BGES Energy Review: Autumn’s trending themes from the built environment
London commits to make new buildings “Net-Zero Carbon” by 2030
This August, Sadiq Khan took another major step towards embedding efficiency solidly within the UK capital’s future.
Energy Live News broke the story, explaining that leaders of 19 cities, including London, have all pledged to ensure all new buildings are carbon neutral by 2030.
“My strategy to improve London’s environment includes some of the world’s most ambitious targets to reduce carbon emissions from our homes and workplaces,” Khan said.
“This includes expanding my existing standard of zero carbon new homes to apply to all new buildings in 2019. We want to make London a zero carbon city by 2050 and we’re working hard to ensure its buildings are energy efficient and supplied with clean energy sources.”
Khan’s declaration, which was driven by the C40 cities group, has been welcomed within the sector. C40 is a network of the world’s megacities committed to addressing climate change.
The C40 supports cities to collaborate effectively, share knowledge and drive meaningful, measurable and sustainable action on climate change.
As part of the declaration, London must deliver a net-zero building roadmap, develop supporting incentives and programmes and report annually on its progress.
Halogen ban upon us
Elsewhere, The Guardian reminds us that from September 1, halogen lightbulbs will finally be banned across Europe.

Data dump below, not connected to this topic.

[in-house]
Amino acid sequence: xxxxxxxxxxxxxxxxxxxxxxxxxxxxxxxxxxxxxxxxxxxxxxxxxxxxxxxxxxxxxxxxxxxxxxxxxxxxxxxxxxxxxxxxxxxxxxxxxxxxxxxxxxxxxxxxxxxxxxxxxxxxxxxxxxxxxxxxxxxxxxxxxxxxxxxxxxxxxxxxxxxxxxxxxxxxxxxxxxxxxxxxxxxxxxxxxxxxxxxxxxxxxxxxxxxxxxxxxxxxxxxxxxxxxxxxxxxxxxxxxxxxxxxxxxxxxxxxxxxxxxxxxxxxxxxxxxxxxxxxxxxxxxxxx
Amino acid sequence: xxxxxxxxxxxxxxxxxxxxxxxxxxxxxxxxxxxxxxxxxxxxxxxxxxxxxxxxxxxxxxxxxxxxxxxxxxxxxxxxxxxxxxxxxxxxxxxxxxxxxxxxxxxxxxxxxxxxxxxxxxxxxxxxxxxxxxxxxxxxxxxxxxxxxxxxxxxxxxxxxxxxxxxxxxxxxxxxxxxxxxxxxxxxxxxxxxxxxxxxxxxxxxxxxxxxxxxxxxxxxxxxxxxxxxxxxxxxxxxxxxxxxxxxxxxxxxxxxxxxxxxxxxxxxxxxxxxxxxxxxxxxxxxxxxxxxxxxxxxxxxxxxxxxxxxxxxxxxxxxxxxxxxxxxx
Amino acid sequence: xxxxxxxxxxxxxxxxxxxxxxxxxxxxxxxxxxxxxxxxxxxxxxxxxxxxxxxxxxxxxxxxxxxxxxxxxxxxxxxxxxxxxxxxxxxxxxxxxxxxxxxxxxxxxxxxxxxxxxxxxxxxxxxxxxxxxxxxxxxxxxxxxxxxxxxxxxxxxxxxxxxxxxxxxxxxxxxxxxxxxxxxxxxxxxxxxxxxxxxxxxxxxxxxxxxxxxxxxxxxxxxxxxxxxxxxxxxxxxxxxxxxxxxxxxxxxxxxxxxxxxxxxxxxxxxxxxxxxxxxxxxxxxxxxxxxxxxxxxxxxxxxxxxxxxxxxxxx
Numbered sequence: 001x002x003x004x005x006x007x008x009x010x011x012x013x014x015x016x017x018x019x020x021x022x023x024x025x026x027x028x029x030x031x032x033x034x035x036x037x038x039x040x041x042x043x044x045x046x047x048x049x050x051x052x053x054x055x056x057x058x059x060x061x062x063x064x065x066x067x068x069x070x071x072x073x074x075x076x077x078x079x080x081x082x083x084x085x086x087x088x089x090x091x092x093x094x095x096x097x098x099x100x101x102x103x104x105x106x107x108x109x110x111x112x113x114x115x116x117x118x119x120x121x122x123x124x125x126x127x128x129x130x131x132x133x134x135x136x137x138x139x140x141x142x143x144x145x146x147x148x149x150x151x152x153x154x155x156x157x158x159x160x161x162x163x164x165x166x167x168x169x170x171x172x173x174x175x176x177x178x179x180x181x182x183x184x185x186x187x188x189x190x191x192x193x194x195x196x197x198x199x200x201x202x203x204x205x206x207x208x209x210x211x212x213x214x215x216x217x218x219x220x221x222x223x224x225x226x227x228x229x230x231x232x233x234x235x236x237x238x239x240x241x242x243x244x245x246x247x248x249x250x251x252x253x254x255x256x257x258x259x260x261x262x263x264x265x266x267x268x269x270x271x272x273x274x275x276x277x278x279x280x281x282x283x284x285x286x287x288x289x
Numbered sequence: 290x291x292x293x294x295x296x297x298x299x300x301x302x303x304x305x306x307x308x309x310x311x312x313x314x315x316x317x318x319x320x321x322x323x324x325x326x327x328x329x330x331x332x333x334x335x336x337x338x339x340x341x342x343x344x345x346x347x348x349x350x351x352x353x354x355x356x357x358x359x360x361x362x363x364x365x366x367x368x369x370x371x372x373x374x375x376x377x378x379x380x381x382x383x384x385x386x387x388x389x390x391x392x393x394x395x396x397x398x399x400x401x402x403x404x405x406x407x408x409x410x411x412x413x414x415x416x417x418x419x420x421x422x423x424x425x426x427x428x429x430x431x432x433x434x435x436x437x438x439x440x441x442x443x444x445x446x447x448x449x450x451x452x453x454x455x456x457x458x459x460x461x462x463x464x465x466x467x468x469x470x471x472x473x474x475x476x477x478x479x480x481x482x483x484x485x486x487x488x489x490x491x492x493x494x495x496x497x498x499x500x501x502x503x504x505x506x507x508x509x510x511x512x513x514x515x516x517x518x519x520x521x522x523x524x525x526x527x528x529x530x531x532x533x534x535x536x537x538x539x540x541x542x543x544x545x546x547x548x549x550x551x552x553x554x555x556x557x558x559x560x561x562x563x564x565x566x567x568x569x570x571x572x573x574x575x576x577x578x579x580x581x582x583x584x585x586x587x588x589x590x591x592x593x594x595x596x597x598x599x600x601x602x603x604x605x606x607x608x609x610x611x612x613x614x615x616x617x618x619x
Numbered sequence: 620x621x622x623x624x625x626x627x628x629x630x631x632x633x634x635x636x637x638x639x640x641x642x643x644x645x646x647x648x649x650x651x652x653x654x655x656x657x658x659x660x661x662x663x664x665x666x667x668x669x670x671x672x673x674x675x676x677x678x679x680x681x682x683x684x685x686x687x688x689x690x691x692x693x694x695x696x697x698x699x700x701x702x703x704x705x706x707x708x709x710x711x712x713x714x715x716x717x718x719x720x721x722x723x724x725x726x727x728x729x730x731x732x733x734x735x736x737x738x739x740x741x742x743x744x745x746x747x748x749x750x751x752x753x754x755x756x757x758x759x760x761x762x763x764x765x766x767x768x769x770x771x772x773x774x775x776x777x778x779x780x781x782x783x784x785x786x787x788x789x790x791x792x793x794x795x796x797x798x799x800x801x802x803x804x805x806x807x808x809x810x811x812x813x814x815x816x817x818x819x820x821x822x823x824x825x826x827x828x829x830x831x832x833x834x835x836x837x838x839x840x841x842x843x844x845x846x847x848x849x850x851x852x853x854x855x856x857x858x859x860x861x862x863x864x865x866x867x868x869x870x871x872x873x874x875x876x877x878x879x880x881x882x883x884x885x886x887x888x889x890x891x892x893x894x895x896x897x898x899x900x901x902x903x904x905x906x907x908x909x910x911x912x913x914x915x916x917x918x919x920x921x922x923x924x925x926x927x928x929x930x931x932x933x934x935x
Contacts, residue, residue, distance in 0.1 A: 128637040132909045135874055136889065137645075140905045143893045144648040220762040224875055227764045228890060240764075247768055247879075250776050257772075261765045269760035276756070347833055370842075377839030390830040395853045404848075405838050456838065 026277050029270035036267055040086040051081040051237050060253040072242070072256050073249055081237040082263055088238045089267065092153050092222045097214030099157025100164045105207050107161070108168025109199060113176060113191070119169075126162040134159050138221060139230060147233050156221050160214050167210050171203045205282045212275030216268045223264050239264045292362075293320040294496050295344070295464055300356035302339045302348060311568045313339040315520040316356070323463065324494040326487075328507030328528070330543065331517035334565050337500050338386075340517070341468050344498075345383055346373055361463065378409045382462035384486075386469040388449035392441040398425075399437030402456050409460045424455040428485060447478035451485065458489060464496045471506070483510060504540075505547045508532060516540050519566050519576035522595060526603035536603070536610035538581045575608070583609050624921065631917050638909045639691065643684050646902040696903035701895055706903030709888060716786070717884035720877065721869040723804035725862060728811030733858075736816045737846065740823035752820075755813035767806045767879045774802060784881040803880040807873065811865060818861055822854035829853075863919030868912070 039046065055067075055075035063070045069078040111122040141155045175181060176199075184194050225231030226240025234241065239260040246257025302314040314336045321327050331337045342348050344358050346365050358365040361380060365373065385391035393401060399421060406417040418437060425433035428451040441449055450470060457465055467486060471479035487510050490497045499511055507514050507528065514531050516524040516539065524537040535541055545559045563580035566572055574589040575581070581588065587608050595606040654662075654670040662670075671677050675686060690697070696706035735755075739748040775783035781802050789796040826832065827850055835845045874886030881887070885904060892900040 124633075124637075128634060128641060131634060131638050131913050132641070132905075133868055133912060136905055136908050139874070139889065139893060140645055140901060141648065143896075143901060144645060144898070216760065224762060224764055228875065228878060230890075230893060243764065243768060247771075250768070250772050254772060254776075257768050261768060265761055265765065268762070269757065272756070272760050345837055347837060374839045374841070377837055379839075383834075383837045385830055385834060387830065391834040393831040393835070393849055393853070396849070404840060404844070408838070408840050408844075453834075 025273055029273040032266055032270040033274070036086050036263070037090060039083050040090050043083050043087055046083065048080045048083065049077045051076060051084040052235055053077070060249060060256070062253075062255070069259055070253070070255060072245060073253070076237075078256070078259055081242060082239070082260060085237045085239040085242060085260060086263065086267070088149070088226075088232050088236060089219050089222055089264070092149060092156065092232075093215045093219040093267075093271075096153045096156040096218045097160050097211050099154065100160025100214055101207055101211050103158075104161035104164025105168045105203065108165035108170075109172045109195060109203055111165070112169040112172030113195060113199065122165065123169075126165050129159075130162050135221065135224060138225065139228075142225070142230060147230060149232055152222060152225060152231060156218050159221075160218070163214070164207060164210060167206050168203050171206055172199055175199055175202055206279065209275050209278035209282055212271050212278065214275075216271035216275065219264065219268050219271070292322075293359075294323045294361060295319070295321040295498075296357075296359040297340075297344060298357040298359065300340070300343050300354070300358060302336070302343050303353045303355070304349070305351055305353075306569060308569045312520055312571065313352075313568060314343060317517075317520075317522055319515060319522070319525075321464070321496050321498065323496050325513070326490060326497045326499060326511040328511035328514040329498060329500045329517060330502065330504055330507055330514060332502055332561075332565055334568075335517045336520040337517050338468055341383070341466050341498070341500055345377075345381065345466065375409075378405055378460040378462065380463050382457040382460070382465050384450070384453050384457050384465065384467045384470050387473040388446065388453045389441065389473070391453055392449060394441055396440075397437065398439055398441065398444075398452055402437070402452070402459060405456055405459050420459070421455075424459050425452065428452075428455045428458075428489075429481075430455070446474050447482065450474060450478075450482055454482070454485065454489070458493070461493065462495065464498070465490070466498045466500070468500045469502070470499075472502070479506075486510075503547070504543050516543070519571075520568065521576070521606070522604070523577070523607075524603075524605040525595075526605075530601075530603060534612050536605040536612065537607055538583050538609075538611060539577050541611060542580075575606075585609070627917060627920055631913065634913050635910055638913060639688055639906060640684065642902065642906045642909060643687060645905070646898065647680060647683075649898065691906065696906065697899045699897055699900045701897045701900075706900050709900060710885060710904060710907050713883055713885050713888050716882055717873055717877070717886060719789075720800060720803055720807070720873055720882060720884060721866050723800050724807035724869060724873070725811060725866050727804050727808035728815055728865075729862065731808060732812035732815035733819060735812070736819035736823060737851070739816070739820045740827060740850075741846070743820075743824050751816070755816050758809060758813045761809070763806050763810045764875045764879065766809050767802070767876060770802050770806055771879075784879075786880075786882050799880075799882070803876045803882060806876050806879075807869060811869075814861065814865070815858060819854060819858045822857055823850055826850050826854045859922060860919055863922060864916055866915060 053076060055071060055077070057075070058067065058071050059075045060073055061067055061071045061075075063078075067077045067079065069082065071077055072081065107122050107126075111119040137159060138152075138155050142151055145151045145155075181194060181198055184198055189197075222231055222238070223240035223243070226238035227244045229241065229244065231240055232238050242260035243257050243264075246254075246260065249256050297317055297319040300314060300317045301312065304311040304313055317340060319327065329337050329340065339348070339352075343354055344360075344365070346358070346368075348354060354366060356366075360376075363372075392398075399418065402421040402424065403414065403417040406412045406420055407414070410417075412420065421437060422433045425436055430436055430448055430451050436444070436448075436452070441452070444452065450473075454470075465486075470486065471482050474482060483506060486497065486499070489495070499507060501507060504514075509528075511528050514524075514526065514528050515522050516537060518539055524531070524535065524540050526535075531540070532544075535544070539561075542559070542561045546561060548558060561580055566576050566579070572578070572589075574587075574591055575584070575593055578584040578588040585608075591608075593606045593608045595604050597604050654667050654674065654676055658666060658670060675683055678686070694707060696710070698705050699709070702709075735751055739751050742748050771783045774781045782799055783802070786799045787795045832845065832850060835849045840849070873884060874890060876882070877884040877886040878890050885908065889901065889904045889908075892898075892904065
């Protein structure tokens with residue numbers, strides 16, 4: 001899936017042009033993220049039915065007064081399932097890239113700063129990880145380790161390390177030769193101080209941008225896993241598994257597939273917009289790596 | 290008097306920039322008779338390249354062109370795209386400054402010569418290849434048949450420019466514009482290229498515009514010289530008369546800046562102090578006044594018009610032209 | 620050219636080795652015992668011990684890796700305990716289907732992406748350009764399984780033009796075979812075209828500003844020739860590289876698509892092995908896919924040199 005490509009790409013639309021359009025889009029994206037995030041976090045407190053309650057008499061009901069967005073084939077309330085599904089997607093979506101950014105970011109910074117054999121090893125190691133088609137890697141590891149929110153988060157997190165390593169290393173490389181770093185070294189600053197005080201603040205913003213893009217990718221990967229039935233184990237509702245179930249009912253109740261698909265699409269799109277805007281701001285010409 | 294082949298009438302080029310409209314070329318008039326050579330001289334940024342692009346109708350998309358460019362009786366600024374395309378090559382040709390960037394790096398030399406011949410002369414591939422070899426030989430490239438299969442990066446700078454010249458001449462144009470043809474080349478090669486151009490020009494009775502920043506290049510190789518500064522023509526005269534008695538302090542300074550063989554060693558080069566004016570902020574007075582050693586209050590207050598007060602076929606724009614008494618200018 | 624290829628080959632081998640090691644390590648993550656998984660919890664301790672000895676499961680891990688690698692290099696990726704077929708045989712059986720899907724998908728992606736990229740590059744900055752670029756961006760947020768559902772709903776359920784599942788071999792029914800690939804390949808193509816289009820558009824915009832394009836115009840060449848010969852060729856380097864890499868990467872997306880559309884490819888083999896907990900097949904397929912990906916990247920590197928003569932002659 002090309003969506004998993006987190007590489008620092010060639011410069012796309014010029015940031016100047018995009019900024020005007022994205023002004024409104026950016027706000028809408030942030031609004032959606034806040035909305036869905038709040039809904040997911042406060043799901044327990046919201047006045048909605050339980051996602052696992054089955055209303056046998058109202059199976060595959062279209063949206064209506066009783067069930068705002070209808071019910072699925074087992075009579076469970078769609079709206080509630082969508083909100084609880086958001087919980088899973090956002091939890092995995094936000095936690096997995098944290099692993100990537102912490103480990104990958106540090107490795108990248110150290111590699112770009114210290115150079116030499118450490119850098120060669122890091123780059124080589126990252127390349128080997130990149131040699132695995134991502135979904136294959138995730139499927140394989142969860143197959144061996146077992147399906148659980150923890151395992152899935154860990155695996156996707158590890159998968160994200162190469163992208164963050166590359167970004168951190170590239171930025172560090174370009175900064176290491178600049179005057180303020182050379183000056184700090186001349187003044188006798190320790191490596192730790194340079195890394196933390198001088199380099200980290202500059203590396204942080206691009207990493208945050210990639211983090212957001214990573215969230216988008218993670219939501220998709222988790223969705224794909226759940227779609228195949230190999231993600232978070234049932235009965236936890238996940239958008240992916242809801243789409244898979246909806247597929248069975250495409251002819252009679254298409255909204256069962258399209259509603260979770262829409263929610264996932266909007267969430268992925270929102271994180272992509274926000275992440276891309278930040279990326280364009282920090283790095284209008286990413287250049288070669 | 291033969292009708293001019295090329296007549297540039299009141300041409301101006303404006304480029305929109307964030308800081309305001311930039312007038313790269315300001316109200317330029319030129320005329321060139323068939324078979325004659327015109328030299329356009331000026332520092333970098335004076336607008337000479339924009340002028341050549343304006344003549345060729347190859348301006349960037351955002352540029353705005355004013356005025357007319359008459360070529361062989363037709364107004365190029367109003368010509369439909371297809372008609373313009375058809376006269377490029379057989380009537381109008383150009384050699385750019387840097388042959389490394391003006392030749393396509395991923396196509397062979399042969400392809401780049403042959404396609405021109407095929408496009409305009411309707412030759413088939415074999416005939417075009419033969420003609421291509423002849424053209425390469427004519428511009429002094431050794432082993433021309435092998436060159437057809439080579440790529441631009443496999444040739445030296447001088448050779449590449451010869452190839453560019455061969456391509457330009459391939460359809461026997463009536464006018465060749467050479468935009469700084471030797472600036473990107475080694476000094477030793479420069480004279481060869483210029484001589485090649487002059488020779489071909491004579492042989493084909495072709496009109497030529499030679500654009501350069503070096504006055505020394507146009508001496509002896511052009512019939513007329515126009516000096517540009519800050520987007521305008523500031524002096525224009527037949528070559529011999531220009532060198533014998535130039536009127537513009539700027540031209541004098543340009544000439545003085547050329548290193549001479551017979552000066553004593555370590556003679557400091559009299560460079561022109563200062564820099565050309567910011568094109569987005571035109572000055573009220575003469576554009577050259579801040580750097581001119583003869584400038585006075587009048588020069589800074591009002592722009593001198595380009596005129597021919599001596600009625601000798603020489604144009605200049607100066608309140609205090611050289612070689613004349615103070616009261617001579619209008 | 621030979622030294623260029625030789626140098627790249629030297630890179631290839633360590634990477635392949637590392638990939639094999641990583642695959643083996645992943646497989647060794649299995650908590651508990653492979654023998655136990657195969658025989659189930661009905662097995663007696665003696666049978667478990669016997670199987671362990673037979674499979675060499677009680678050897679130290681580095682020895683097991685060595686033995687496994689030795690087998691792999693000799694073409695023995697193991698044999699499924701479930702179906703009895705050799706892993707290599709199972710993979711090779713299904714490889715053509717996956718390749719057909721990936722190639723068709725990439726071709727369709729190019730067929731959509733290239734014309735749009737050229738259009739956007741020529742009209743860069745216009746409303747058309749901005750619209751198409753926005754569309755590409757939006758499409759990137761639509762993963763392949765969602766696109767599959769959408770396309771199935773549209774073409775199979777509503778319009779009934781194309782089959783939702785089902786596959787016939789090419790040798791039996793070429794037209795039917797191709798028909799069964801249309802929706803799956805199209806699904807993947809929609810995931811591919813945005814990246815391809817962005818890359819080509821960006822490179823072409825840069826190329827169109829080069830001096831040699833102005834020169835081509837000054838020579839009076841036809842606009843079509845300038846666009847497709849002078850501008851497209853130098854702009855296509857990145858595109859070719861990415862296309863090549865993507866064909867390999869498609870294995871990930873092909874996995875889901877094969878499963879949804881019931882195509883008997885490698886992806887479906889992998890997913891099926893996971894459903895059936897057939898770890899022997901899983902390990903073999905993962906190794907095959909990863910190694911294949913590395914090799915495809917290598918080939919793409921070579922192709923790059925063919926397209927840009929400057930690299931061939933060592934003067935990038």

The ban should have major impacts for the UK’s buildings and their energy management. LEDs consume one-fifth of the energy of halogen bulbs and their phase out will prevent more than 15m tonnes of carbon emissions a year, an amount equal to Portugal’s annual electricity usage.
Stewart Muir, product manager at the Energy Savings Trust, says: “A halogen bulb may be cheaper to buy in the first place but the electricity costs will be much more expensive, whereas an LED bulb will pay for itself within a year.”
Eliot Whittington, the director of the Prince of Wales’s corporate leaders group, which campaigns on the issue, said: “The science is clear. We can’t allow the human costs of climate change to reach the levels they will, if we fail to act. You ban things that threaten public safety and the wasteful use of energy is dangerous for us all in the end.”
Clean energy vs construction sector
Finally, Daniel Brown, policy manager at the Renewable Energy Association, has told Construction News that the construction sector urgently needs to raise its game on energy.
“Those in property development and construction would be wise to start on the front foot,” he writes.
“Companies in the energy sector that waited until change was being legislated or regulated are now having a harder time than those who saw change coming and began to reskill, rebrand and reorganise early.”
Brown argues that tightening carbon budgets, stricter efficiency regulations for new builds, reviews of SAP and other energy performance measures mean the creators of tomorrow’s built environment need to improve their practice fast.
“Many are seeing the logic in creating home markets and encouraging domestic [and] commercial energy storage,” he writes.
“It’s clear that industry firms can benefit massively from the UK’s rapidly shifting energy landscape, but could also be left behind if they fail to prepare for it.”